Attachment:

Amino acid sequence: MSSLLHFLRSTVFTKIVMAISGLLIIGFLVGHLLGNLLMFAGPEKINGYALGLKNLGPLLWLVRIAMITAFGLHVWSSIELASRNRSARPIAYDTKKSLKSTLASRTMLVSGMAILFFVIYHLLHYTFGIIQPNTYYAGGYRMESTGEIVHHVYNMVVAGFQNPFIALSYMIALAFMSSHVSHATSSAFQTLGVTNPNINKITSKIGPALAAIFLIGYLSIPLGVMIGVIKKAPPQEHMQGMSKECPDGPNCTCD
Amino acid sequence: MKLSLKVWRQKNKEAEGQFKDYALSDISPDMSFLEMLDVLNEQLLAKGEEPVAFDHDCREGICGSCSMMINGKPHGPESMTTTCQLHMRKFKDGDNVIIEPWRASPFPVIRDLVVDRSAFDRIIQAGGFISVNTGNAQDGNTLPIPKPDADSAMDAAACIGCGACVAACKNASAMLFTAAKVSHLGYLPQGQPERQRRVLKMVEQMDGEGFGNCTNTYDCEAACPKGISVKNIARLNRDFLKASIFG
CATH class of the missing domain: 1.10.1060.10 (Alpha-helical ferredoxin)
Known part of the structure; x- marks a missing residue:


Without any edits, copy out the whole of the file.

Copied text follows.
Amino acid sequence: MSSLLHFLRSTVFTKIVMAISGLLIIGFLVGHLLGNLLMFAGPEKINGYALGLKNLGPLLWLVRIAMITAFGLHVWSSIELASRNRSARPIAYDTKKSLKSTLASRTMLVSGMAILFFVIYHLLHYTFGIIQPNTYYAGGYRMESTGEIVHHVYNMVVAGFQNPFIALSYMIALAFMSSHVSHATSSAFQTLGVTNPNINKITSKIGPALAAIFLIGYLSIPLGVMIGVIKKAPPQEHMQGMSKECPDGPNCTCD
Amino acid sequence: MKLSLKVWRQKNKEAEGQFKDYALSDISPDMSFLEMLDVLNEQLLAKGEEPVAFDHDCREGICGSCSMMINGKPHGPESMTTTCQLHMRKFKDGDNVIIEPWRASPFPVIRDLVVDRSAFDRIIQAGGFISVNTGNAQDGNTLPIPKPDADSAMDAAACIGCGACVAACKNASAMLFTAAKVSHLGYLPQGQPERQRRVLKMVEQMDGEGFGNCTNTYDCEAACPKGISVKNIARLNRDFLKASIFG
CATH class of the missing domain: 1.10.1060.10 (Alpha-helical ferredoxin)
Known part of the structure; x- marks a missing residue: